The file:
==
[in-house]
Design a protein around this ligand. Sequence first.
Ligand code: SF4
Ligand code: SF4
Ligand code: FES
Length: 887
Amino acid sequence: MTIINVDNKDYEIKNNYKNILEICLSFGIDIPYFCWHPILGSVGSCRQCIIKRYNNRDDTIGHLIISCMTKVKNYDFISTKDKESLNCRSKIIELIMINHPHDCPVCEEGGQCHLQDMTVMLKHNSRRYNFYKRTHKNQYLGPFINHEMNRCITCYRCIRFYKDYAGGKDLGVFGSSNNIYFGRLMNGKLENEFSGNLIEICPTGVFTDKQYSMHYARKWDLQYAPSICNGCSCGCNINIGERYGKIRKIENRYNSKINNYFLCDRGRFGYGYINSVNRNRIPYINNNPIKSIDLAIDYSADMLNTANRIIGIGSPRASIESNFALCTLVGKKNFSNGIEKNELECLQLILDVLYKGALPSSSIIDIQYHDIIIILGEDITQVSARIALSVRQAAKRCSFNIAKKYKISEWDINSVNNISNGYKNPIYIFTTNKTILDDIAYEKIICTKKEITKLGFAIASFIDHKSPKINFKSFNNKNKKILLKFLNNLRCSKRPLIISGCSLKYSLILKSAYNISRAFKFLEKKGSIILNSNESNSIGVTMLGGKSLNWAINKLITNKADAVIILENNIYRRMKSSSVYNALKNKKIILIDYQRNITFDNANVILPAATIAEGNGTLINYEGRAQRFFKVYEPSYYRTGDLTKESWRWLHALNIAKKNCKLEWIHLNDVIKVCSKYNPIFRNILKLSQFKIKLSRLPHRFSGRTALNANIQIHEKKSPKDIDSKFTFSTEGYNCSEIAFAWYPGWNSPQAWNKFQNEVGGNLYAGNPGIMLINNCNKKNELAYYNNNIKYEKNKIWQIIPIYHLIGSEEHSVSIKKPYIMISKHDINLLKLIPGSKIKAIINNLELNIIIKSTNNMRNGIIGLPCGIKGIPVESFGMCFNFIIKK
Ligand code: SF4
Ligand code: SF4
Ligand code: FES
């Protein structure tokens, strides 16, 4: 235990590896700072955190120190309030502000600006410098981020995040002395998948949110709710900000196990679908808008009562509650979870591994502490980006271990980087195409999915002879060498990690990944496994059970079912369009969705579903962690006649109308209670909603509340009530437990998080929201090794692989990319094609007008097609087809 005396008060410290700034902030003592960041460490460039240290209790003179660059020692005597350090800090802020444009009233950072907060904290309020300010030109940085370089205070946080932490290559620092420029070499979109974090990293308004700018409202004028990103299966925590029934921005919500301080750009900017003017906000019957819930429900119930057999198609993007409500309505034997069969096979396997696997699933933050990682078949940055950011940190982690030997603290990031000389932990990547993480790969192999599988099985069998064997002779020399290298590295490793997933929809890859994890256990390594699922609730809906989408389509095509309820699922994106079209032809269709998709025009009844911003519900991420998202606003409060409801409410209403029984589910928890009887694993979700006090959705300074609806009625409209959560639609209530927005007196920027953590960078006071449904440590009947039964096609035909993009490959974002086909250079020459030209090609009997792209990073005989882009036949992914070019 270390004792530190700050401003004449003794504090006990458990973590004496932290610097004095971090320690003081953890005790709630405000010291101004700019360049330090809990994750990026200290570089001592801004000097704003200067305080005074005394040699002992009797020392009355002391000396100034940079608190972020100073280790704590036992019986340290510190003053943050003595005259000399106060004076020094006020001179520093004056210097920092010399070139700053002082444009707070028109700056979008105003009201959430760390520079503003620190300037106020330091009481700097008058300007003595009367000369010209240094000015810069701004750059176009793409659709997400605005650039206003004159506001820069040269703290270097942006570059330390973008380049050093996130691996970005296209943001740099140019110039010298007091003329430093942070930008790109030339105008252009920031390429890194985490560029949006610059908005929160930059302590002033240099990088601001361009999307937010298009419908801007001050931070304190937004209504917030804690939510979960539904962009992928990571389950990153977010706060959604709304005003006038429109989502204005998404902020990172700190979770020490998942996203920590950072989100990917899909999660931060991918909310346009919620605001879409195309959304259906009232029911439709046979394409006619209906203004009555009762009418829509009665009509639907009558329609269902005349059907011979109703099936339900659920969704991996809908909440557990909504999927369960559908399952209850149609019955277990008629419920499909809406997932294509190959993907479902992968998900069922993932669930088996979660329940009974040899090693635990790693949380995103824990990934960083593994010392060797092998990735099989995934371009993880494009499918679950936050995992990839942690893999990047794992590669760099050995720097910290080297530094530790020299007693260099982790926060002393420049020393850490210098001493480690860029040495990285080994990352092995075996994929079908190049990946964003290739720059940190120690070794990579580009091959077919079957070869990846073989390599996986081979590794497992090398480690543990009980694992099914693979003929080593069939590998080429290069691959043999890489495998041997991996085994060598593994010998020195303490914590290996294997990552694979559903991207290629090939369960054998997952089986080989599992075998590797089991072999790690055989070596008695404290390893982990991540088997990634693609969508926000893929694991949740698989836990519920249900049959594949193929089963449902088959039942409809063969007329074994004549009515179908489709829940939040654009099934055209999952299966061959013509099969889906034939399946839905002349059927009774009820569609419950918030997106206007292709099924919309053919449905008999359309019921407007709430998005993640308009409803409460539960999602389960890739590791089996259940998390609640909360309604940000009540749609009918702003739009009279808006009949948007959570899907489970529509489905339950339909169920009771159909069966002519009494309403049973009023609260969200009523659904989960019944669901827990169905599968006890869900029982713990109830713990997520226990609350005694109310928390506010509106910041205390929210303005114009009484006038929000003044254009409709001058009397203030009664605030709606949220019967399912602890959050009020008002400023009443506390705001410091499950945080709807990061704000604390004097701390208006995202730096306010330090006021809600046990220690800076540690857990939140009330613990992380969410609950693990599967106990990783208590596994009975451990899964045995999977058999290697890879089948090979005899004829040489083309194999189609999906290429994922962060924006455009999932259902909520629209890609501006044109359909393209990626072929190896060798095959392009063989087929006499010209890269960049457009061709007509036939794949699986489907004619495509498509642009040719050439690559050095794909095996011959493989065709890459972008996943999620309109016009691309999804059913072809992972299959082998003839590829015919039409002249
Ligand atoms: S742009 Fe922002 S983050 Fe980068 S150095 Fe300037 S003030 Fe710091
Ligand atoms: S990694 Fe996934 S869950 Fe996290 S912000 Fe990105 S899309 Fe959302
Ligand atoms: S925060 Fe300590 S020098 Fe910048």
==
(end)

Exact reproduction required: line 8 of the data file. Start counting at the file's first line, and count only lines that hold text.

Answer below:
Ligand code: SF4